Jurassic Park is about dinosaurs, right? Ah, ah, ah. No, it’s not. Look past the raptors and the rexes, and you’ll find a film about family, loss and coping with the choices you make in life. That’s the smart thing about Superbolt’s lo-fi re-enactment: it starts to reframe Steven Spielberg’s classic as something else altogether.
Don’t get me wrong, it’s mostly an excuse for three decent Lecoq-trained performers to do some tidy dinosaur impressions—and, hey, they deliver on that front—but there’s definitely more to it than that. Clever girls – and boys.
The set-up is this: in a Lyme Regis community centre, the Park family have gathered friends and relatives to remember their mother with a special screening of their favourite film, Jurassic Park. It’s what she would have wanted, apparently. (I’d have Gérard Courant’s six-day-long Cinématon. Never forget.) Only, of course, on the day of the screening, the Parks are hit by that perennial household curse: an empty VHS case.
Cue an idea: “Da-da-da-daa-daa. Da-da-da-daa-daa.” Suddenly, son Noah (Simon Maeder) is rifling about in the pot plants, bulging one eye through a crack in his fingers and skulking the stage with teeny-tiny dino arms. Quicker than you can say, “Life, uh, found a way,” the whole family is on their feet as John Hammond, Ellie Sattler, Robert Muldoon and co.
It’s a gregarious, knockabout routine, a whizz through those iconic moments with whatever comes to hand: a tiny cuddly sheep disappears, a glass of water ripples, an umbrella becomes a hissing, spitting dilophosaurus. Best of all is the rucksack T-Rex, straps for its skull and a cavernous zipper mouth.
What you realise, though, is that Drs Grant and Sattler, with little Lex and Timmy Murphy in tow, become a kind of surrogate family. That poorly triceratops, breathing heavily on the ground, now echoes the image of a mother laid up on her deathbed, and John Hammond's folly has similarities to the Parks' father, who brought his kids into the world without fully clocking the consequences.
It’s strongest as a reflection on pop culture, classic films and nostalgia. Why are these cultural artefacts so comforting? Why do we watch them again and again, relishing lines we learned a long time ago? Unlike life, they’re fixed and fossilised – known commodities that never change over time, a direct line to the past and to childhood.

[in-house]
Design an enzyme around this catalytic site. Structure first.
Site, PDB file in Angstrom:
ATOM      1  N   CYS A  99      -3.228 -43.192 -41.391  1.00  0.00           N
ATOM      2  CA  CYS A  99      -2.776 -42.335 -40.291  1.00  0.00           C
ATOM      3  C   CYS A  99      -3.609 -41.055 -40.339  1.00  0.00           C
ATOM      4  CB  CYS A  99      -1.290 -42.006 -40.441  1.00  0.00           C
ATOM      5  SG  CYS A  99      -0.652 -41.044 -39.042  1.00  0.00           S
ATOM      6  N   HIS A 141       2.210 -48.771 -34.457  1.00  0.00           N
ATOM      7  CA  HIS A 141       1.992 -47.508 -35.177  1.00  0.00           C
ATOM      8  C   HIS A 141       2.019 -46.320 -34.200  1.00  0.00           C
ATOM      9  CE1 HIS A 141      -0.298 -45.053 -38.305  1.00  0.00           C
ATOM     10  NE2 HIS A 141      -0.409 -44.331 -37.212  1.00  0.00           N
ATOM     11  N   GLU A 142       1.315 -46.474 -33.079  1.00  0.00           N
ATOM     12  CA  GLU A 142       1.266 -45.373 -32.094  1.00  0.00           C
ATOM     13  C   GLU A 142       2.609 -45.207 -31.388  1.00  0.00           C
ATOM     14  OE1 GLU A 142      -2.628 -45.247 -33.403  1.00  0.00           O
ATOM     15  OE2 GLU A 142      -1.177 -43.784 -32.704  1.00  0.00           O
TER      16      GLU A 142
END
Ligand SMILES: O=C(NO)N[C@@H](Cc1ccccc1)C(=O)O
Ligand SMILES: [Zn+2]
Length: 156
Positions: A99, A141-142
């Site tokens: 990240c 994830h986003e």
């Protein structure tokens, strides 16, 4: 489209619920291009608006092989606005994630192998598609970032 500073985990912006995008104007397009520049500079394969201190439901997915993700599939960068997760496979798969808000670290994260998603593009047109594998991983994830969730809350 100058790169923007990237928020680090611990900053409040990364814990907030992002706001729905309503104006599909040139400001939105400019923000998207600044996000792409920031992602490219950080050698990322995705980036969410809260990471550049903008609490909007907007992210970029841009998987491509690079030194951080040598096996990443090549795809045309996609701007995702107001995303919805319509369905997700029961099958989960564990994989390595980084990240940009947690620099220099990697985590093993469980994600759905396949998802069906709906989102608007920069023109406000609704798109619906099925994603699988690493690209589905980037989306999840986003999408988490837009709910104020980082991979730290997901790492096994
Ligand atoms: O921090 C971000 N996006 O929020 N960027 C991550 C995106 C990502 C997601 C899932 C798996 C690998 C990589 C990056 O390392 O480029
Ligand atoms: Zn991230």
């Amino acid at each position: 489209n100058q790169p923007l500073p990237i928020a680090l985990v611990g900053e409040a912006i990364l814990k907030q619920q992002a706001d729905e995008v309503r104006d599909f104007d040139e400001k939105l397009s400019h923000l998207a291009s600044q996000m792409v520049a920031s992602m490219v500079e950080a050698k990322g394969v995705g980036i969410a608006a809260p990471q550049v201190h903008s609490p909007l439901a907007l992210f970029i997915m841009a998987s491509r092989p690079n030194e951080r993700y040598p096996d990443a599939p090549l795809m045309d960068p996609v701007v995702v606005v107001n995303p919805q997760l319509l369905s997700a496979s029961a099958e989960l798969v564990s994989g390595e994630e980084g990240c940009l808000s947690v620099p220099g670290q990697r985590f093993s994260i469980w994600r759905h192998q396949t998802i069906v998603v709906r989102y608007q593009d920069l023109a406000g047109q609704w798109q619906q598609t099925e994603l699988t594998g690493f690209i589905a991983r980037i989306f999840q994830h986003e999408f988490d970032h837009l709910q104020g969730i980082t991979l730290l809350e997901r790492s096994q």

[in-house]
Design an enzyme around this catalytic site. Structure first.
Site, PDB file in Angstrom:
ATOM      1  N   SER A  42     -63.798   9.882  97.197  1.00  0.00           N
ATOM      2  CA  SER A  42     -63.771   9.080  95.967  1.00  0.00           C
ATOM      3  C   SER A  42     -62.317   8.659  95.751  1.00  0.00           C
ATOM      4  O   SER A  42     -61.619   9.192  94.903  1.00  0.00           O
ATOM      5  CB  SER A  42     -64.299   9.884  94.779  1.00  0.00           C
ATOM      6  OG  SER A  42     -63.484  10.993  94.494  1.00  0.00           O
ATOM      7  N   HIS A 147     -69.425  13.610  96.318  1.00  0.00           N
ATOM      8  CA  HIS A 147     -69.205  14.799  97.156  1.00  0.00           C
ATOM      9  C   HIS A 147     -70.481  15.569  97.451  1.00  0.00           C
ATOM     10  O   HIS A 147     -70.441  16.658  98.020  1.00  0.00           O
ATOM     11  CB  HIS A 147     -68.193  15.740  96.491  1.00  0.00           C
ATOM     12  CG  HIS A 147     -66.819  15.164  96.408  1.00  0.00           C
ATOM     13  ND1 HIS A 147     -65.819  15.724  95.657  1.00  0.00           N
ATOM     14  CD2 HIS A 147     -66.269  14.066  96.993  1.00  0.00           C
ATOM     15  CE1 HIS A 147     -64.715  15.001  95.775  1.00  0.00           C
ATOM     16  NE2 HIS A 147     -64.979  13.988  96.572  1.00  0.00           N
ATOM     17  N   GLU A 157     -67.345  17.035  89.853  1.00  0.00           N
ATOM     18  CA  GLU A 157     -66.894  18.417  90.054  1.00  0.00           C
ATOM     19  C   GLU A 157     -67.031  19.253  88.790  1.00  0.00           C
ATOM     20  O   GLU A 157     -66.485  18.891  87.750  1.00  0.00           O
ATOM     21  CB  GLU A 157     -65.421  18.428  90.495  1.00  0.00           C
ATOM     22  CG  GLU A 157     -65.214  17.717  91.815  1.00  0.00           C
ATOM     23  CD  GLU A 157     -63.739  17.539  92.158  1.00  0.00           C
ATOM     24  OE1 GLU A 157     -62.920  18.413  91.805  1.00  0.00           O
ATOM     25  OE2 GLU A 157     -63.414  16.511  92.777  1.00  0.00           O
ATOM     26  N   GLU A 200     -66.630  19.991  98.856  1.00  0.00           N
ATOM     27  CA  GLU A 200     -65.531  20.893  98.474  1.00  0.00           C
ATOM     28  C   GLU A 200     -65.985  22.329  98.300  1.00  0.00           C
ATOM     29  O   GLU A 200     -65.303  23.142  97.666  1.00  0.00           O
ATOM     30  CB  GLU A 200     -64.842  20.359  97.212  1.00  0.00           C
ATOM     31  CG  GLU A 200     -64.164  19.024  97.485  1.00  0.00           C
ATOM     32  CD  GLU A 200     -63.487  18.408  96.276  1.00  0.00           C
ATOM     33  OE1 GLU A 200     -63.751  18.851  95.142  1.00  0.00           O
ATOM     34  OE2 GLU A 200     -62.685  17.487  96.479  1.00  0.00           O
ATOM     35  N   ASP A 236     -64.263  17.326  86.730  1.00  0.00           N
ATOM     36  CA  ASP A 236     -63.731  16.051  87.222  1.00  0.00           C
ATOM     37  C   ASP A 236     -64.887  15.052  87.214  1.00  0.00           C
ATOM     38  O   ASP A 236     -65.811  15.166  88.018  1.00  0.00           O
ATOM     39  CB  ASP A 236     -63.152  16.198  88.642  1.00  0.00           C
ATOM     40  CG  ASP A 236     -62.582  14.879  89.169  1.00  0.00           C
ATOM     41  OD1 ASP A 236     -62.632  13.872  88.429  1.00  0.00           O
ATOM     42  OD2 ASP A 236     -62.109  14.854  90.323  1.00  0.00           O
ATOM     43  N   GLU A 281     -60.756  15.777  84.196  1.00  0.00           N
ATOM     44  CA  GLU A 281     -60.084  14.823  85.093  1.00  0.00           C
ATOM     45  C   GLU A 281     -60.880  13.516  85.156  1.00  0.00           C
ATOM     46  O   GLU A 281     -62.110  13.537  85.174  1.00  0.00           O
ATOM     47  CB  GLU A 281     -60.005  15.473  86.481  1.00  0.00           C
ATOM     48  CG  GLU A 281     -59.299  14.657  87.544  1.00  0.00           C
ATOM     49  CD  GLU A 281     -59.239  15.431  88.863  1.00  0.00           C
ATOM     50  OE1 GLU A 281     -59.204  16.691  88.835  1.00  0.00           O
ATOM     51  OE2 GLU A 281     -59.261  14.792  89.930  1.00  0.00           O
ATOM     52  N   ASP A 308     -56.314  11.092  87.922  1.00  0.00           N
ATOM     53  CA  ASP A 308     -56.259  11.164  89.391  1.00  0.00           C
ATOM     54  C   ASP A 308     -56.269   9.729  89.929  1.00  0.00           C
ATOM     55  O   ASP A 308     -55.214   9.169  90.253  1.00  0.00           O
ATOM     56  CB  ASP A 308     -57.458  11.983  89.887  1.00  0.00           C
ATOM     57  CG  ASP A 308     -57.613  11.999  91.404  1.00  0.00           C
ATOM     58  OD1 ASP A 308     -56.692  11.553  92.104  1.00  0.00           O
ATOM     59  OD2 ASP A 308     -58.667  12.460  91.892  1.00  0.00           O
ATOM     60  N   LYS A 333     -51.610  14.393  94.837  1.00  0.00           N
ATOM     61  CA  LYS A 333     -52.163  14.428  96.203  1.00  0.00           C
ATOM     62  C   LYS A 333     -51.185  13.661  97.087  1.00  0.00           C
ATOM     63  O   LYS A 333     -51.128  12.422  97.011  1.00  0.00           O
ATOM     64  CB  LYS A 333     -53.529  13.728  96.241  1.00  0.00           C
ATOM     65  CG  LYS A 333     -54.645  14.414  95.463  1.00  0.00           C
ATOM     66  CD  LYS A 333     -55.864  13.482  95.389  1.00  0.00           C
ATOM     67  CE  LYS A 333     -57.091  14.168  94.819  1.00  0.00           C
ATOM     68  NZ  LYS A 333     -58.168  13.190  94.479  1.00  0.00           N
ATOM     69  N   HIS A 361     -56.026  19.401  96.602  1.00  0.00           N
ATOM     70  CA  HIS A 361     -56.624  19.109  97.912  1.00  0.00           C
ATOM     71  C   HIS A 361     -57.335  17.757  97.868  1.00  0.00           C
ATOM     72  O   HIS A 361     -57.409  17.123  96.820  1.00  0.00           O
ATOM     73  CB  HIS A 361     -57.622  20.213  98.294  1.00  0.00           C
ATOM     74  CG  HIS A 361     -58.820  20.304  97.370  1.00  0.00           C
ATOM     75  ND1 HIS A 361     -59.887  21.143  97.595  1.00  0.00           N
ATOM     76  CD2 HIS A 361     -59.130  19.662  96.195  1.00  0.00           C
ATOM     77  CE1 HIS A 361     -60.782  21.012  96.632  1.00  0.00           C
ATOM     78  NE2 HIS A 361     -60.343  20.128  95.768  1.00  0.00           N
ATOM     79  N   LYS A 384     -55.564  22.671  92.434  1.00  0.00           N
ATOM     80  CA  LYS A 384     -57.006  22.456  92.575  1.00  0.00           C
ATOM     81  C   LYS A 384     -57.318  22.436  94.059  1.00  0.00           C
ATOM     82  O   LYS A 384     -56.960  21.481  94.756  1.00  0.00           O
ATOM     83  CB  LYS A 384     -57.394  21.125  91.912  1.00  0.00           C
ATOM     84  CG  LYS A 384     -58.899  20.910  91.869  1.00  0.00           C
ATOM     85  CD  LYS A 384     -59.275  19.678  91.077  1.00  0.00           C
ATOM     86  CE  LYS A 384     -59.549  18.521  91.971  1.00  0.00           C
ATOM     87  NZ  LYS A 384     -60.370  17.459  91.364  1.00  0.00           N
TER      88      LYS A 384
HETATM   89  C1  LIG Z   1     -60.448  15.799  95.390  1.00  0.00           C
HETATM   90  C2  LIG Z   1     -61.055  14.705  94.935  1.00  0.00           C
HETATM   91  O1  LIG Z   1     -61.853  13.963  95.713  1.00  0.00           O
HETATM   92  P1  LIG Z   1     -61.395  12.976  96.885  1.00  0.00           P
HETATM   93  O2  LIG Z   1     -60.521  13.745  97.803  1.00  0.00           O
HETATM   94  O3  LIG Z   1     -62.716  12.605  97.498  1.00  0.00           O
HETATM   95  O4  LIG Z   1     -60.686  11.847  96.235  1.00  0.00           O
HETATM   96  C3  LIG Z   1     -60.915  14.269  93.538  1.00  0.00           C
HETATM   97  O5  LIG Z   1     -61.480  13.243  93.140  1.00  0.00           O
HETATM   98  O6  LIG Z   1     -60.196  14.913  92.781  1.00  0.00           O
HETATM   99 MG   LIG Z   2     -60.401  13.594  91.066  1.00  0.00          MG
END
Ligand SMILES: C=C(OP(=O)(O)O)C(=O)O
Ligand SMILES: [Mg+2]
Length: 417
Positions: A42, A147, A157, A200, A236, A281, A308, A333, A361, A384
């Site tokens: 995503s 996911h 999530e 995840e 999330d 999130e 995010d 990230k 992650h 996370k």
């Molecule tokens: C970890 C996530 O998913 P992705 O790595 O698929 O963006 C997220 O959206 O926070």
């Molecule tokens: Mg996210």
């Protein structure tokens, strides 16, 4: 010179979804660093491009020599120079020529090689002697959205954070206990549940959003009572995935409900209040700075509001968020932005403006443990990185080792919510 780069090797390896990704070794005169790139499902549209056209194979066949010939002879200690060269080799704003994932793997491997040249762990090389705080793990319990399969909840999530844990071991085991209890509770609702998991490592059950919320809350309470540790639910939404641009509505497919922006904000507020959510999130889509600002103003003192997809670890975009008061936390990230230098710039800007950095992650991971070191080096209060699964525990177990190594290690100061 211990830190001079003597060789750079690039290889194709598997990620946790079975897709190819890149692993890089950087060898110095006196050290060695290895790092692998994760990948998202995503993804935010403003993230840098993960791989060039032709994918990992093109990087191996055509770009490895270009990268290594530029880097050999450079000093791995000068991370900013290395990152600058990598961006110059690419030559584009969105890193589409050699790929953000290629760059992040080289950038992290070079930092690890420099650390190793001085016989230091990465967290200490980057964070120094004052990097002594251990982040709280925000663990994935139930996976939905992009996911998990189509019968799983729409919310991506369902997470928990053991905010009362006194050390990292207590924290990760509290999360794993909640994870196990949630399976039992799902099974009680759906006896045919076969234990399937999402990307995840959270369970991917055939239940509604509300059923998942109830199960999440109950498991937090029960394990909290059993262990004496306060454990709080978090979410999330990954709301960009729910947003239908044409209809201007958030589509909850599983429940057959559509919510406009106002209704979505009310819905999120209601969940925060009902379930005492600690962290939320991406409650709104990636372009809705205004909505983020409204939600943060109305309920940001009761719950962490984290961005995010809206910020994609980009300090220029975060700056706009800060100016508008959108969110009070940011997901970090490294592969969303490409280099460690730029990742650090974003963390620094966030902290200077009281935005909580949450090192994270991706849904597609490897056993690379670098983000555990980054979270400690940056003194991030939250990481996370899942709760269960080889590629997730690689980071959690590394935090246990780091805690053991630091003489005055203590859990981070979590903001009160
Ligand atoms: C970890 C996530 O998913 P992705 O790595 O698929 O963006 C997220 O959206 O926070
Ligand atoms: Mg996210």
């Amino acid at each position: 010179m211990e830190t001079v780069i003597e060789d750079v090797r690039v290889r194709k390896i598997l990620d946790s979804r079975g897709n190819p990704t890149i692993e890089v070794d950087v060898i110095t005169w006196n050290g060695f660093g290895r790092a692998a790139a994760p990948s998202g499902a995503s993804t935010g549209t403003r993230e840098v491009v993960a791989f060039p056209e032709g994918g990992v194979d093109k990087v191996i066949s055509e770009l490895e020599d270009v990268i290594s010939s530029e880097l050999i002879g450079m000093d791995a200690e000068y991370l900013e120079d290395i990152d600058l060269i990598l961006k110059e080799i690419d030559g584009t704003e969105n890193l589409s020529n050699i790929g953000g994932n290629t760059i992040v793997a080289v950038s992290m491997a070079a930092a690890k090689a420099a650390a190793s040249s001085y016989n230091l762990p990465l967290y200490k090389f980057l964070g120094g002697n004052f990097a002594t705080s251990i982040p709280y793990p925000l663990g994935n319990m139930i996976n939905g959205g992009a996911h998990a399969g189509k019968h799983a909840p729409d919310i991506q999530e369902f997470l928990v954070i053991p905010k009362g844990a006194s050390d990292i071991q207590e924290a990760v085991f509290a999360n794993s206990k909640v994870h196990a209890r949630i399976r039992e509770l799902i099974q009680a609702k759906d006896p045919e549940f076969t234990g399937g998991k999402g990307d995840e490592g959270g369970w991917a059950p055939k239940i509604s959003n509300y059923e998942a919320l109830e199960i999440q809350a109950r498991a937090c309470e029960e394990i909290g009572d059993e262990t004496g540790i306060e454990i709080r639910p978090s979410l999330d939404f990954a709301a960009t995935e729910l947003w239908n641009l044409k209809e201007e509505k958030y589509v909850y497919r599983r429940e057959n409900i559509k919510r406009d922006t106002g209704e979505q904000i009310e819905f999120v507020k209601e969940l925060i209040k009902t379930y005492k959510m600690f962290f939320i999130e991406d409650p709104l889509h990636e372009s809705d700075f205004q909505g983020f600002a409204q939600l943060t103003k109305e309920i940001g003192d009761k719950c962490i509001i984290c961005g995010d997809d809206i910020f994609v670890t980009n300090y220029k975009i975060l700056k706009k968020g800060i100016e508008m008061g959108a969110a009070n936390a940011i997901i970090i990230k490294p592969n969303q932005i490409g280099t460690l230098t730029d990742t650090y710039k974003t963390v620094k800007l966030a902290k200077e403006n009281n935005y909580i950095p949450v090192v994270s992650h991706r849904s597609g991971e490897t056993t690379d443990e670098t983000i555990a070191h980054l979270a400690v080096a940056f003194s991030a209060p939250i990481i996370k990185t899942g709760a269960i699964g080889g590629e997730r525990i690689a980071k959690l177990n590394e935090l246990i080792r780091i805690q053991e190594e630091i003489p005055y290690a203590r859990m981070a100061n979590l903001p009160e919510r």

True, one wishes that Superbolt really committed to their chosen scenario—completely investing in that screening scenario without all the expository flashbacks—and they’re still a long way short of a rigorous reframing, but this is a long way from a six-foot turkey.
There are two real-life dinosaurs in Tribute Acts: Cheryl Gallacher and Tess Seddon have put their old men onstage. Sam Gallacher and Rodger Seddon appear on video as two floating hologram-like heads, while their daughters fire a volley of questions at them from the stage.
Each quizzed the other’s father, hoping to find the person behind the parent. Seddon interviewed Sam, Gallagher grilled Rodger – and what you see, ever so slightly, are traces of flirtation: older men peacocking for their daughter’s best friend. Both turned up in suits, unexpectedly, and both deploy dad humour. It’s a little icky. Their daughters roll their eyes. This is a show that holds fathers up as gods, then holds them to account.
It’s ramshackle, but raw: the questions build, gradually, towards bigger betrayals – divorce and adultery. There’s something cruel about the show’s push towards public humiliation, but it’s justified—just—by its wider politics. The fallen gods of their fathers are linked to the politicians and public figures of their childhood: Tony Blair, Bill Clinton, Bill Cosby, Pierce Brosnan—men who threatened to change the world, but left it much the same, if not more crocked. It’s an intriguing idea—fuming and feminist—but this skittish scrapbook of a show can’t quite drive it home.
The Hogwallops are my favourite family on the Fringe. They’re a colourful and cacophonous clan, running this way and that in a cloud flour as they try and bake a cake together. It’s one of the most anarchic, maniacal hours of circus about – perfect for a family audience.
Lost in Translation have built a full-blown circus out of the domestic sphere: a washing line becomes a rope swing, eggs get juggled and strongmen chalk their hands with flour. What makes it so special is that it never lets up, even for a second. There’s tumbling onstage and a trapeze act above. Aerialists whizz over the ensemble’s heads and human towers do battle. Chris Dingli directs our attention with skill and instils a skittering momentum and a frazzled edge of danger.
Yet there’s still time for strong solos. Thibaut Lezervant very nearly pulls off an ambitious juggling set, flicking balls from his feet to his hands and back, and Annabel Carberry ends the show with an inspired trapeze routine on a zimmerframe. As apparatus, it’s inventive, with plenty of possibility, but it’s superb as a metaphor: a daughter hanging off a symbol of her father’s old-age. Who needs CGI dinosaurs anyway?